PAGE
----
• 500 Years: Decorative Arts Eur auction at Christies

    Sale 7841

    500 Years: Decorative Arts Europe

    29 April 2010, London, King Street

  • Lot 86

    A SET OF TWELVE GEORGE III MAHOGANY DINING-CHAIRS

    ATTRIBUTED TO GILLOWS, CIRCA 1795

    Price Realised  

    A SET OF TWELVE GEORGE III MAHOGANY DINING-CHAIRS
    ATTRIBUTED TO GILLOWS, CIRCA 1795
    Each with a curved satinwood-banded top rail between blocks with turned finials above a trellis pattern splat and tapering turned uprights, the arms with turned supports, above an oval padded seat covered in blue and pink striped watered-silk, on turned tapering legs joined by turned X-stretchers, one chair stamped 'WB', with deep oak rear cross struts, eight with batten carrying holes, three back seat rails replaced
    36 in. (92 cm.) high; 21½ in (55 cm.) wide; 20 in. (51 cm.) deep (12)


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    Gillows' design for these diamond or lozenge pattern chairs, referred to as 'Garforth's pattern', dates from 1795 and was drawn again in 1798. They were probably an adaptation of Georges Jacob's design of circa 1792 for Marie-Antoinette's dairy at Rambouillet. Gillows made the chairs not only in mahogany, but also japanned and they appear to have been particularly popular among the gentry, professional and merchant classes in the north of England. In 1796 the Earl of Strafford purchased six white and green japanned chairs for Wentworth Woodhouse while Sir William Gerard ordered thirty-six mahogany chairs for Garswood New Hall, Lancashire. While the design featured a round or 'compass-fronted' seat, they were also made with a more conventional square seat. A set of fourteen chairs of this pattern with square seats are illustrated in S.Stuart, Gillows of Lancaster and London 1730-1840, Woodbridge, 2008, p.195, pl.166, while another set of eight chairs were sold anonymously Christie's, London, 19 November 1992, lot 39. The reeded leg and cruciform stretcher was also characteristic of Gillows and featured on a set of twelve chairs almost certainly made by Gillows for Robert Peel in 1797 for Drayton Manor, Tamworth, and sold anonymously Christie's, London, September 16, 2004, lot 30. These chairs, in common with the present lot, utilised the deep oak rear corner struts beneath the seat.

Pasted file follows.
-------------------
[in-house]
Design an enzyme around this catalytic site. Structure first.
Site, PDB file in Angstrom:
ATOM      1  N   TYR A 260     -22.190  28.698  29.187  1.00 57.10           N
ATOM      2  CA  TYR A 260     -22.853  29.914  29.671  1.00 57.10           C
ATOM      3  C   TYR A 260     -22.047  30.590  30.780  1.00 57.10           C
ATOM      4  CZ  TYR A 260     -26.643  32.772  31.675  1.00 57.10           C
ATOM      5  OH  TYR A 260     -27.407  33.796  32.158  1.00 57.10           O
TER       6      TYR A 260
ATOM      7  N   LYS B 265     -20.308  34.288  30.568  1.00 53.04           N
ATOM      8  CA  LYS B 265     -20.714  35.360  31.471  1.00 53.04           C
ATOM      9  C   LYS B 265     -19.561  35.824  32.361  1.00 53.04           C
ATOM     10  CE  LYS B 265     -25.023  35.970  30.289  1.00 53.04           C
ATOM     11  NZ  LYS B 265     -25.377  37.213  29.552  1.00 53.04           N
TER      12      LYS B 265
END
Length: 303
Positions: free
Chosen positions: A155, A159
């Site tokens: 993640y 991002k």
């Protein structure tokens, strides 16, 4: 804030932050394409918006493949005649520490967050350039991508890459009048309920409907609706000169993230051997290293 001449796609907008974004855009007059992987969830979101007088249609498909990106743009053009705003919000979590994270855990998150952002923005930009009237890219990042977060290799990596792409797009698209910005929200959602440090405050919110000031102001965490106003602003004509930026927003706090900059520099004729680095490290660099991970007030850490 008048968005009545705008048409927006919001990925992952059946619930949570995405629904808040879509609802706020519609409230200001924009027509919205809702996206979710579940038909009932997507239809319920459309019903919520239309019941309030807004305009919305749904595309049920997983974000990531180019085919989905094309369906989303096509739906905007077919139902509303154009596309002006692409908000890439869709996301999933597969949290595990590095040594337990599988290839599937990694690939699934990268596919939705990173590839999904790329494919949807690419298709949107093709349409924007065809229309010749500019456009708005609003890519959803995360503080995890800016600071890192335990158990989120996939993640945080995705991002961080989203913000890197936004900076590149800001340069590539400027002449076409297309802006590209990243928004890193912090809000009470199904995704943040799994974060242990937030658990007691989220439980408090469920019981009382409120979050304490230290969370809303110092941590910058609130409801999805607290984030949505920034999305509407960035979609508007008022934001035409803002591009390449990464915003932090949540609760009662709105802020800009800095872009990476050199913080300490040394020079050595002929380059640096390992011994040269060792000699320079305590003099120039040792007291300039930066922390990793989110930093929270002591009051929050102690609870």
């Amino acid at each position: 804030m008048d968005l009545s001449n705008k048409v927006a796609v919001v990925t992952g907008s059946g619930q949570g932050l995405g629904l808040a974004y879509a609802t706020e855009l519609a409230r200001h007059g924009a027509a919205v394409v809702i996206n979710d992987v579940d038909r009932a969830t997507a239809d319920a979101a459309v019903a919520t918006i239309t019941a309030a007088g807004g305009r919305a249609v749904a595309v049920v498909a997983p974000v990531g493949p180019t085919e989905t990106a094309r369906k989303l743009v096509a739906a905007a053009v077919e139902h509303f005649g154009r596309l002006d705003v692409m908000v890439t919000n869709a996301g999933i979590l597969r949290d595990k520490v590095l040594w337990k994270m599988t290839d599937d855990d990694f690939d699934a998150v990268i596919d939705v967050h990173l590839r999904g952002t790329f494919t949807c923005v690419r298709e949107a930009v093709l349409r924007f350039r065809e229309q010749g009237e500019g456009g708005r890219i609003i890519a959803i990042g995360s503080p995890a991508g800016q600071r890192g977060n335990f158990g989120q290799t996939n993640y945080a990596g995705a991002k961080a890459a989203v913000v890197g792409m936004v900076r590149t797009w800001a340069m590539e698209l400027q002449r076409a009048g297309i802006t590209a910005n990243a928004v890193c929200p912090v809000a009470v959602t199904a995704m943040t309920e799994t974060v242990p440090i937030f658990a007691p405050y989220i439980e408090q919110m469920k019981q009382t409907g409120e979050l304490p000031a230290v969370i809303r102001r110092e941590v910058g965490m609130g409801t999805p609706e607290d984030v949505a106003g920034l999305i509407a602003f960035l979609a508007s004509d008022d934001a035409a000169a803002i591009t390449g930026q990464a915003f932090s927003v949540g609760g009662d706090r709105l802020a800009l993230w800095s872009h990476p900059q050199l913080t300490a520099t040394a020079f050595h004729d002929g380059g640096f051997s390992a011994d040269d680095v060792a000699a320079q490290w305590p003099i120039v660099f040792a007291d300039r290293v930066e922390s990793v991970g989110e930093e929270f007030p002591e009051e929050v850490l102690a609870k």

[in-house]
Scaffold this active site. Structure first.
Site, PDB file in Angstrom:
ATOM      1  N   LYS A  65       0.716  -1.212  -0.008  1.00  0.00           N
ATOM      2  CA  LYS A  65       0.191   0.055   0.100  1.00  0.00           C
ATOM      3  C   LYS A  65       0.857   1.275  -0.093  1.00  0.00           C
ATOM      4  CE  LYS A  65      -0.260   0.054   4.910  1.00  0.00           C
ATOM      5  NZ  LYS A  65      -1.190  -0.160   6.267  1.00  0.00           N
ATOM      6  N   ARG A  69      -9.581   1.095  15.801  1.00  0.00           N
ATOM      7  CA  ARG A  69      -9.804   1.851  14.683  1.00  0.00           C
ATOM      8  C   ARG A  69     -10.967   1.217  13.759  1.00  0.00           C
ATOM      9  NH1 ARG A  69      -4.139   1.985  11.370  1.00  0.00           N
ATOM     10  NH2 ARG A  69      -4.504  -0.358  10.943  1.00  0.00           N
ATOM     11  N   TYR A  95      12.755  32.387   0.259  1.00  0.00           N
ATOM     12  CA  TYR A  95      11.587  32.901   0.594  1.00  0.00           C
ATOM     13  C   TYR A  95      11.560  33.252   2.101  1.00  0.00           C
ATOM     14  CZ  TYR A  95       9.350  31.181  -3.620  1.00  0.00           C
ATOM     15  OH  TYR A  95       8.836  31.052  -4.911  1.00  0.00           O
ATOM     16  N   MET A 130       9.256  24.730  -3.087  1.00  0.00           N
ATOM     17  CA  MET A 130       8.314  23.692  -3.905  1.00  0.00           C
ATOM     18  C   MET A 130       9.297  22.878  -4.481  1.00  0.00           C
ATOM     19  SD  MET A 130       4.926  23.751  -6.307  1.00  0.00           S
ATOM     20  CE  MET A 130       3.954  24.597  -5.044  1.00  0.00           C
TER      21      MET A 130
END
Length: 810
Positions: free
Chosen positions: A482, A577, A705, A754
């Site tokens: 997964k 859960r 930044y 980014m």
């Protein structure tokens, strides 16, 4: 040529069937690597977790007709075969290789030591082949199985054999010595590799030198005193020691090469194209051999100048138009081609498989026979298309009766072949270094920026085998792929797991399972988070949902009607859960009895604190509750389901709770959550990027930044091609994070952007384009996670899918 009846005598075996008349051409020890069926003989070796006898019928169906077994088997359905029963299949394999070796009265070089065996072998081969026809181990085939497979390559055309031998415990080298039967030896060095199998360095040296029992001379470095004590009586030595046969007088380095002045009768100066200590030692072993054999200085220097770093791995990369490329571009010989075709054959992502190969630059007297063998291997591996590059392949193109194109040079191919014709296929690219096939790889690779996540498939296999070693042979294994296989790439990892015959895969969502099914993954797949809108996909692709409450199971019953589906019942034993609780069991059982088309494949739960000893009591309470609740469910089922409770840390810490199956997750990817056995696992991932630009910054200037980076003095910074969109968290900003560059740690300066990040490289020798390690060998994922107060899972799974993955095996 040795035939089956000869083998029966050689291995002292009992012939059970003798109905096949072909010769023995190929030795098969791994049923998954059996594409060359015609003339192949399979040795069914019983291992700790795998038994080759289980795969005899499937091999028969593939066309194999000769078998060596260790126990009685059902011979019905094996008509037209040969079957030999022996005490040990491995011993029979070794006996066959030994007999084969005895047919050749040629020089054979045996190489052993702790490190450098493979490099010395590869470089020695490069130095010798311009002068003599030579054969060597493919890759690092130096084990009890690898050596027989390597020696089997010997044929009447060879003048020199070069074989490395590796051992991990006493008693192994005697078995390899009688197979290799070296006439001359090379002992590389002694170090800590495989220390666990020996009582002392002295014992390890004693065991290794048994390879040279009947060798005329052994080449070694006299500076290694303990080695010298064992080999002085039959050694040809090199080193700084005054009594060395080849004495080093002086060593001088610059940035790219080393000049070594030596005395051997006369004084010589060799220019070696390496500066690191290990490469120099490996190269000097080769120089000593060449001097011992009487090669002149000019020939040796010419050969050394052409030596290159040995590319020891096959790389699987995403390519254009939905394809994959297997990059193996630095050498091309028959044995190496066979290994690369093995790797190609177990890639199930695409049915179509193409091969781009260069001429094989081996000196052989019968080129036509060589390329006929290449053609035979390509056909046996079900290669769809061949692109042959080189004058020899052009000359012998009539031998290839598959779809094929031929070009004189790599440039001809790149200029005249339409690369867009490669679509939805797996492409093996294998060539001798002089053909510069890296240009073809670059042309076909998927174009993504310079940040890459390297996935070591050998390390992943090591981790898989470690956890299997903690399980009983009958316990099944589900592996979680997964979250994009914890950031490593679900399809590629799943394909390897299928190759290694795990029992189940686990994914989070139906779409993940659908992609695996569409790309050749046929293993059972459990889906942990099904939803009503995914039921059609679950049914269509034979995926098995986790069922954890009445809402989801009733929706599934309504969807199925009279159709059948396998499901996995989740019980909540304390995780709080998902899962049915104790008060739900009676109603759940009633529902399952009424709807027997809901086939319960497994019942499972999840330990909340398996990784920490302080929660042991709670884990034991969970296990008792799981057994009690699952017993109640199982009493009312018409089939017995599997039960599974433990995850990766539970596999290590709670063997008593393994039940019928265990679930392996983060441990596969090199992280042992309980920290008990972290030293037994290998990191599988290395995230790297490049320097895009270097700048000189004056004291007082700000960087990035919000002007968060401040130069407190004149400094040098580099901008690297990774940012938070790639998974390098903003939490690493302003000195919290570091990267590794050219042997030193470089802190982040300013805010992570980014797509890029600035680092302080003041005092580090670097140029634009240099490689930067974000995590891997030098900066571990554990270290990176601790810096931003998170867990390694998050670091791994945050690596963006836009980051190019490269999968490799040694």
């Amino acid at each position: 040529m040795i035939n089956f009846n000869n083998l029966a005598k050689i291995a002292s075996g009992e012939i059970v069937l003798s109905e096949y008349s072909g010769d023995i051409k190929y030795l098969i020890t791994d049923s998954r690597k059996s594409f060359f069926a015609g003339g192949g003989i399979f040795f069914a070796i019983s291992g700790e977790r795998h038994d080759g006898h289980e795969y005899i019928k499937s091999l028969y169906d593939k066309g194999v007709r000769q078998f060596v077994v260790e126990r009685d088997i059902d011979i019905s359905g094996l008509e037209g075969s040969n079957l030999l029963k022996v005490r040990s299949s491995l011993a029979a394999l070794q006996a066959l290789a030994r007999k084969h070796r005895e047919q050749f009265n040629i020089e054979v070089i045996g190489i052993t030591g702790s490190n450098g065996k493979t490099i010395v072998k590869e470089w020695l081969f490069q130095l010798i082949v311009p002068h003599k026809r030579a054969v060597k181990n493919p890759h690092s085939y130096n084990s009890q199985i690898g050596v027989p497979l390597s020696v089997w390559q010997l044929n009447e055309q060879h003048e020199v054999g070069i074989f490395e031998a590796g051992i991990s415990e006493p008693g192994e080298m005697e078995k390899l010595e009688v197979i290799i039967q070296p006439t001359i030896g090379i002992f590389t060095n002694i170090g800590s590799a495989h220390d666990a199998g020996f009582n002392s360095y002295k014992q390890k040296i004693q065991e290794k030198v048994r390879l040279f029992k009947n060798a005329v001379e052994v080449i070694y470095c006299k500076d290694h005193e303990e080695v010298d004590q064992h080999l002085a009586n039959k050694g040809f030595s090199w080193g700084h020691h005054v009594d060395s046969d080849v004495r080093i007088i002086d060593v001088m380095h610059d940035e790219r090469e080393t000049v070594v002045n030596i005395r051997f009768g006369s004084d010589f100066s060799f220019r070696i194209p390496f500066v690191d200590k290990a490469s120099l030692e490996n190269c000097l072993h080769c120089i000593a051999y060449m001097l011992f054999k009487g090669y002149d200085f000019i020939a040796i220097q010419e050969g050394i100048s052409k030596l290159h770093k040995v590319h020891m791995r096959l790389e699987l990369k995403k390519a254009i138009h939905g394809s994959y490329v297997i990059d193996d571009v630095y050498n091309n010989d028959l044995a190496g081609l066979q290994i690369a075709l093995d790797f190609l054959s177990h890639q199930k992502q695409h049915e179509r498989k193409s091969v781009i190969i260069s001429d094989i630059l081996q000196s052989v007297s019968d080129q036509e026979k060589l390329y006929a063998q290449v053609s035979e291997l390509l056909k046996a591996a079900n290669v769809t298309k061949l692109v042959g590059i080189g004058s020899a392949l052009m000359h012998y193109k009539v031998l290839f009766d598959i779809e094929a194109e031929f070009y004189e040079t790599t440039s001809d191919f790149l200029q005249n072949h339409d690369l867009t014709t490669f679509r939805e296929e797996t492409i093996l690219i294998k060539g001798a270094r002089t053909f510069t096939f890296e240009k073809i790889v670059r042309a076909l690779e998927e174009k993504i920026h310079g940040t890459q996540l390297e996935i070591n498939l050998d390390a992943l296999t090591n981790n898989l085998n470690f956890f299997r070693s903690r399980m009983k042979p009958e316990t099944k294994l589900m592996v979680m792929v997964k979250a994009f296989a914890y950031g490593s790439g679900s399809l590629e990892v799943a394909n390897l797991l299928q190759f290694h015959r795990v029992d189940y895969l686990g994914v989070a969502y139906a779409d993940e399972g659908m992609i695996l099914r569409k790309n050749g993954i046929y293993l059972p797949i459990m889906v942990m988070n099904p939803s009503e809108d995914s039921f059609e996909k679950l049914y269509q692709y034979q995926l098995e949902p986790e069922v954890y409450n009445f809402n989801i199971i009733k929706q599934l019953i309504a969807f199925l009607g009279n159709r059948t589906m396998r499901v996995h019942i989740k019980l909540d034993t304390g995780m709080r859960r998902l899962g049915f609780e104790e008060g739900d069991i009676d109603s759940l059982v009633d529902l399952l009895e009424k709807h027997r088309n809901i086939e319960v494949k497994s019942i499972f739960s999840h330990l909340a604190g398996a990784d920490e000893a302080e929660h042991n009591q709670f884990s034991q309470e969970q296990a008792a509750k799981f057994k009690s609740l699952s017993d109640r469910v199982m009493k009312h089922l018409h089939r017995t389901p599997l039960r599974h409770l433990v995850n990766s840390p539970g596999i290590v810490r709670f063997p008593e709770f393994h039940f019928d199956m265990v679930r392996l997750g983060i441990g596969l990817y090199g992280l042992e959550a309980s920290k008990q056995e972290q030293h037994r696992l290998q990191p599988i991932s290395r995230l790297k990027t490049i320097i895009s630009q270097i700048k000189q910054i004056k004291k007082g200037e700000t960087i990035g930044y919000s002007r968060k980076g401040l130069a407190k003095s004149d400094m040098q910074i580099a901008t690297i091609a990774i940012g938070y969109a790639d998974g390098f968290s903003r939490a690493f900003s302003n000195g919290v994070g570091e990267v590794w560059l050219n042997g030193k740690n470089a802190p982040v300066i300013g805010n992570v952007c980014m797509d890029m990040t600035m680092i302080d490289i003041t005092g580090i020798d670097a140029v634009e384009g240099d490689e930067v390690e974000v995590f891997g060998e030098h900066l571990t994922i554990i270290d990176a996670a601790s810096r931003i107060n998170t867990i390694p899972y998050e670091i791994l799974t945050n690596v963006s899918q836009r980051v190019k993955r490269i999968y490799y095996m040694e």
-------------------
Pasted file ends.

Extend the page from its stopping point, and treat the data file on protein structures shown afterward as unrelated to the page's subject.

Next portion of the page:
The design relates closely to the set of twenty 'mahogany trellis chairs' supplied by the cabinet-maker David Bruce (d.1823) of Aldersgate Street, London, for the Governor's Room at the Bank of England, The design of that set is often associated with Sir John Soane (d.1837) because of his role as architect to the Bank of England from 1788 to 1833 and because he owned a pair of armchairs which are still in the Soane Museum (see P.Macquoid and R.Edwards, The Dictionary of English Furniture, London, Rev. ed. 1954, vol.I, p.307, fig.264, and Helen Dorey, A Catalogue of the Furniture at Sir John Soane's Museum, Furniture History, vol. XLIV, 2008, PP.44-47, Cats 19 and 20 and fig.17).

    Special Notice

    No VAT will be charged on the hammer price, but VAT at 17.5% will be added to the buyer's premium, which is invoiced on a VAT inclusive basis.


    Provenance

    Supplied to James Dearden, Esq. (1774-1828), Handle Hall, Rochdale, Lancashire and by family descent to the present owner.
    Moved to Walcot Hall, Barnack, Lincolnshire after 1891.


    Pre-Lot Text

    THE PROPERTY OF A GENTLEMAN